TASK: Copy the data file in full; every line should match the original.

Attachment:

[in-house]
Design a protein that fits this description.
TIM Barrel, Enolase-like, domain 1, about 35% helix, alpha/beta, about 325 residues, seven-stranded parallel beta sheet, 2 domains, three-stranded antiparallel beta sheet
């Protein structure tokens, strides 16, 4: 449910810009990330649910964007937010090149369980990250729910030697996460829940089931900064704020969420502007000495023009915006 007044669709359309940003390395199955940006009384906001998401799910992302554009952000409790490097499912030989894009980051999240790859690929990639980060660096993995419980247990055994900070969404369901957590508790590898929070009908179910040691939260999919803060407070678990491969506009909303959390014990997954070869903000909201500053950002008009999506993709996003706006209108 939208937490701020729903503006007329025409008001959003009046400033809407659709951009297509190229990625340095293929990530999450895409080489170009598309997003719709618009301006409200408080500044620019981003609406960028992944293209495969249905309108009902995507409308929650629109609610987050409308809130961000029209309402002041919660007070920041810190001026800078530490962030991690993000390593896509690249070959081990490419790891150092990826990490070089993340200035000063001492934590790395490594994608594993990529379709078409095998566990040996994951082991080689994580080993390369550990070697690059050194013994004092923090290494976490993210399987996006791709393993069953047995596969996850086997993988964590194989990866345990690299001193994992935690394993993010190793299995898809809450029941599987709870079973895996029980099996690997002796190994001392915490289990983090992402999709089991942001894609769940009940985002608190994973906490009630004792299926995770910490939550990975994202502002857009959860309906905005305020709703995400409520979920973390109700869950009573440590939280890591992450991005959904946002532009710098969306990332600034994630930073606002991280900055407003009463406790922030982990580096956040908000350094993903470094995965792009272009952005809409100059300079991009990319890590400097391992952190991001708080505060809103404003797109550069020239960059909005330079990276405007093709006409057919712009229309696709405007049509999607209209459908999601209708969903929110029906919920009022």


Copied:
[in-house]
Design a protein that fits this description.
TIM Barrel, Enolase-like, domain 1, about 35% helix, alpha/beta, about 325 residues, seven-stranded parallel beta sheet, 2 domains, three-stranded antiparallel beta sheet
């Protein structure tokens, strides 16, 4: 449910810009990330649910964007937010090149369980990250729910030697996460829940089931900064704020969420502007000495023009915006 007044669709359309940003390395199955940006009384906001998401799910992302554009952000409790490097499912030989894009980051999240790859690929990639980060660096993995419980247990055994900070969404369901957590508790590898929070009908179910040691939260999919803060407070678990491969506009909303959390014990997954070869903000909201500053950002008009999506993709996003706006209108 939208937490701020729903503006007329025409008001959003009046400033809407659709951009297509190229990625340095293929990530999450895409080489170009598309997003719709618009301006409200408080500044620019981003609406960028992944293209495969249905309108009902995507409308929650629109609610987050409308809130961000029209309402002041919660007070920041810190001026800078530490962030991690993000390593896509690249070959081990490419790891150092990826990490070089993340200035000063001492934590790395490594994608594993990529379709078409095998566990040996994951082991080689994580080993390369550990070697690059050194013994004092923090290494976490993210399987996006791709393993069953047995596969996850086997993988964590194989990866345990690299001193994992935690394993993010190793299995898809809450029941599987709870079973895996029980099996690997002796190994001392915490289990983090992402999709089991942001894609769940009940985002608190994973906490009630004792299926995770910490939550990975994202502002857009959860309906905005305020709703995400409520979920973390109700869950009573440590939280890591992450991005959904946002532009710098969306990332600034994630930073606002991280900055407003009463406790922030982990580096956040908000350094993903470094995965792009272009952005809409100059300079991009990319890590400097391992952190991001708080505060809103404003797109550069020239960059909005330079990276405007093709006409057919712009229309696709405007049509999607209209459908999601209708969903929110029906919920009022």